Clinical Neurophysiology offers an exciting and varied career within the neurosciences for those interested in combining considerable patient contact with technical skills. It is primarily a diagnostic speciality concerned with recording electrical activity from the nervous system to aid the diagnosis, classification and management of neurological disease. Neurophysiological techniques such as Nerve Conduction Studies (NCS) and Electromyography (EMG) are increasingly used to identify surgically remediable conditions such as nerve entrapments and aid safer surgical interventions. Electroencephalography (EEG) is used to classify seizure disorders and select patients for surgical amelioration of epilepsy.
The work involves interaction with a wide range of specialities, including Neurology, Neurosurgery, Orthopaedics, Rheumatology, Paediatrics, Ophthalmology and Psychiatry, and environments that include theatre and intensive care. Most Clinical Neurophysiologists work in Regional Neuroscience Centres. As well having as general responsibilities many develop subspecialty interests, such as in the work-up of patients for epilepsy surgery, specialised neuromuscular disease or neurophysiologic Intra-Operative Monitoring (nIOM) during surgery on the spinal cord, spinal nerve roots or brainstem. For those with more academic interests the speciality also lends itself to clinical and basic science research.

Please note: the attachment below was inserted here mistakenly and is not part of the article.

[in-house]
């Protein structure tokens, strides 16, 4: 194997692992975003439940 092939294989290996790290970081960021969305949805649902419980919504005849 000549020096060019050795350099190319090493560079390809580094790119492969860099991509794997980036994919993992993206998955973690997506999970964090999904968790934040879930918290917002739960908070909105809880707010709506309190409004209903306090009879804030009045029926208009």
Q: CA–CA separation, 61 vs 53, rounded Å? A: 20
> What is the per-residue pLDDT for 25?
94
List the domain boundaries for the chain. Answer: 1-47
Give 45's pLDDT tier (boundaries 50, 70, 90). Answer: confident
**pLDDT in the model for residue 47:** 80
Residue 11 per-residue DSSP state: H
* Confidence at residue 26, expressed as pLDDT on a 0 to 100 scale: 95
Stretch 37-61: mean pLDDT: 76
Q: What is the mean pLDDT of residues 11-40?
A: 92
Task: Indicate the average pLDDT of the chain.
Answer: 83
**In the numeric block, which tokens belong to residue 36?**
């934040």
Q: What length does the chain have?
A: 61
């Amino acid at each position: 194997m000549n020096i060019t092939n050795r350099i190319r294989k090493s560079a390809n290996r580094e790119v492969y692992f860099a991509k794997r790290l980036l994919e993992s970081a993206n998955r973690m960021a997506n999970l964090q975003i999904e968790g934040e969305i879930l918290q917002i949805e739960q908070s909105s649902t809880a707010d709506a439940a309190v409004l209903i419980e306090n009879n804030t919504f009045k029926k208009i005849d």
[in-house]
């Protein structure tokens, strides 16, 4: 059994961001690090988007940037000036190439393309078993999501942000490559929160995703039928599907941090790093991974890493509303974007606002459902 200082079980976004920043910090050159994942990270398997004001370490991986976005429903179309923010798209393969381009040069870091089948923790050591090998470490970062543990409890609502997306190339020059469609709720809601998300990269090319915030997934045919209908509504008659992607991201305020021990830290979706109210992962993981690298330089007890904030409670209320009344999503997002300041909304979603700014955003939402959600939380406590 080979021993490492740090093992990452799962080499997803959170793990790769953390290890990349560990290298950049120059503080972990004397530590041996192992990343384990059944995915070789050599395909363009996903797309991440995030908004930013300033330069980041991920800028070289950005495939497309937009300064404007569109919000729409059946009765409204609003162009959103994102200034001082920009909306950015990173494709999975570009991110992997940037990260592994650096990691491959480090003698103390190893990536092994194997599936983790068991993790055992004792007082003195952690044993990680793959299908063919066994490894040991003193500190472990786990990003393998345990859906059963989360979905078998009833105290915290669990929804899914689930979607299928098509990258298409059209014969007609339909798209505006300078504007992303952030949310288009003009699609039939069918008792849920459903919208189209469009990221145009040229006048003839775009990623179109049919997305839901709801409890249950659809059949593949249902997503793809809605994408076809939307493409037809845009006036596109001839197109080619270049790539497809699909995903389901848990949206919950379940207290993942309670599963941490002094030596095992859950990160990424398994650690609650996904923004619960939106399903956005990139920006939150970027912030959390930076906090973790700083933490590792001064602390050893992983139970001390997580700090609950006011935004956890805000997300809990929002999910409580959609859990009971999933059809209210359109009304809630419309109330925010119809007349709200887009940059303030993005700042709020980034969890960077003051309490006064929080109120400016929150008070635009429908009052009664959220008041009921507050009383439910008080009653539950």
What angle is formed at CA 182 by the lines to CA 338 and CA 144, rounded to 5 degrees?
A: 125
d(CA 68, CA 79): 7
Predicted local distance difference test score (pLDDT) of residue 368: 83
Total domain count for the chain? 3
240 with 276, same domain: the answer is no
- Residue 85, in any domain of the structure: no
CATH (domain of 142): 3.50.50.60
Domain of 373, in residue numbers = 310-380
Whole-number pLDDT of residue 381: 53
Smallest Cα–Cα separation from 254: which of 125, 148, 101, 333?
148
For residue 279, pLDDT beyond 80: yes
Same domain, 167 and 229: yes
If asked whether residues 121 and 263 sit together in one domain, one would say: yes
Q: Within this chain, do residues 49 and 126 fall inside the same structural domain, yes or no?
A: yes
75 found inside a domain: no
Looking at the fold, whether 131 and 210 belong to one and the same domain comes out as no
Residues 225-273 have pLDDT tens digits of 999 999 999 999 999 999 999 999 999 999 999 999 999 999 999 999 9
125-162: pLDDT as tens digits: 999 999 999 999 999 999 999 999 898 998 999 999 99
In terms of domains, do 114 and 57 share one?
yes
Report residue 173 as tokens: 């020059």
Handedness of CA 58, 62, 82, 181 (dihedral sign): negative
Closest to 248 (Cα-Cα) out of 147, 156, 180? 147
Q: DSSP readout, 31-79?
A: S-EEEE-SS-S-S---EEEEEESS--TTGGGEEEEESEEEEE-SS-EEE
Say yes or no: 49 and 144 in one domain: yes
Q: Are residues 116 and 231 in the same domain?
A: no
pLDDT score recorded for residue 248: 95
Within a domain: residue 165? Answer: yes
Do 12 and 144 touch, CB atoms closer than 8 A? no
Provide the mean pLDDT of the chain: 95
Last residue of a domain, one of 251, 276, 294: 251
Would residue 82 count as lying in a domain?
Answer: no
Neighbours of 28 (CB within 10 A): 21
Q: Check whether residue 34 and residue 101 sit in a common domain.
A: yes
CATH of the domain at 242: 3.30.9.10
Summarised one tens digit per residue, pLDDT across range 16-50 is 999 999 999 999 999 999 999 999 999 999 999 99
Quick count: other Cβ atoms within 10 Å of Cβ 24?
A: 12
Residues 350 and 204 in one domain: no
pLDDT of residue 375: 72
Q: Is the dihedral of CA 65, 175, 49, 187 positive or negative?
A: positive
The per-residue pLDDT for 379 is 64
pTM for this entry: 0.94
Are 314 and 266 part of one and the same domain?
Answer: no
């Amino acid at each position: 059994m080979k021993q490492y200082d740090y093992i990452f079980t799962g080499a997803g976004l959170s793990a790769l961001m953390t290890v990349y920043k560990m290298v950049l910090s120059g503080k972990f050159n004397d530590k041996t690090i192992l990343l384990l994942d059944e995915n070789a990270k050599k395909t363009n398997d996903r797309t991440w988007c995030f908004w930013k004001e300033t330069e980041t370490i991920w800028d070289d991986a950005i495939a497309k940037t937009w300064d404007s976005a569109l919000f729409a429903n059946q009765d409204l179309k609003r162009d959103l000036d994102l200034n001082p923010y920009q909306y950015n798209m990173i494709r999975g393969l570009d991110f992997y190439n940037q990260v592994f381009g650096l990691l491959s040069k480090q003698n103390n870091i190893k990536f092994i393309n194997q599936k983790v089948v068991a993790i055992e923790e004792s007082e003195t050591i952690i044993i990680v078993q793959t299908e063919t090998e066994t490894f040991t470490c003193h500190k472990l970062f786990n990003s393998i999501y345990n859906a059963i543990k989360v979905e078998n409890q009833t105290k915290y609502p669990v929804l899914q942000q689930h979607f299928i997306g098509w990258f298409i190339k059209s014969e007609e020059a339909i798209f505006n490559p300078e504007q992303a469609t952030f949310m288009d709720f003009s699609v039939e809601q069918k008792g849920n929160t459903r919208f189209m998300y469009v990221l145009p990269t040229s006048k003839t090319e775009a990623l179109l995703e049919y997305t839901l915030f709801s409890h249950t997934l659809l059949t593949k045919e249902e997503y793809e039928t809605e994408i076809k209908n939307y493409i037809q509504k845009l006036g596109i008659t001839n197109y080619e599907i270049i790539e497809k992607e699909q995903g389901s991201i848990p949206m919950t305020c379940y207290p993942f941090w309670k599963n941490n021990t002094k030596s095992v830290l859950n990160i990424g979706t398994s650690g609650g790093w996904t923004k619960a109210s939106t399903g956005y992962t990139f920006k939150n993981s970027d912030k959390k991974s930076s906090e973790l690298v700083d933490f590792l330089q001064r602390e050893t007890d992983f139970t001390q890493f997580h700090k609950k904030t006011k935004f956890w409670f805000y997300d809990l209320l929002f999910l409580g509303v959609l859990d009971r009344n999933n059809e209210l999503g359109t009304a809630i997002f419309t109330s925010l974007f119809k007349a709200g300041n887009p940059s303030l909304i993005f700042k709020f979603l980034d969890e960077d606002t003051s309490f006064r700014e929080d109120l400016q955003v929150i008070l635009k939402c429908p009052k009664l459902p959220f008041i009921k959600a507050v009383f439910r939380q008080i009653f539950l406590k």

In the UK Clinical Neurophysiology is a specialty in its own right, though with close links to Neurology. With Foundation competencies Trainees may apply to enter a run-through training scheme, normally in Medicine. After successful completion of two years of Core Medical Training (or Core Neurological Training, the Acute Common Care Stem or Core Paediatric Training), and the acquisition of MRCP or MRCPCH, interested candidates may apply for allocation into Specialty Training in Clinical Neurophysiology. Specialty Training lasts four years and is well supported regionally and nationally through the SAC and professional organisations for both Consultants and specialist registrars. With limited on-call commitments the speciality permits a more sensible balance between work and outside interests than most other specialities. At present there are excellent recruitment opportunities for those interested in joining the speciality.
Further information on the specialty
For further information on the specialty and on the curriculum covered, go to the JRCPTB website.
The British Society for Clinical Neurophysiology (BSCN) is the national organisation through which training days and scientific meetings are facilitated.
Training Programme Director
Dr Alexander Barker
Royal Hallamshire: 0114 271 2570
Julie Benn / Jill Brown
0114 271 2329 / 0114 271 2219
A cairn in the Yorkshire Dales, courtesy of Ian Greig - http://www.geograph.org.uk/photo/1933185
Banner photo: Nerve conduction studies (median motor), courtesy of Dr Alexander Barker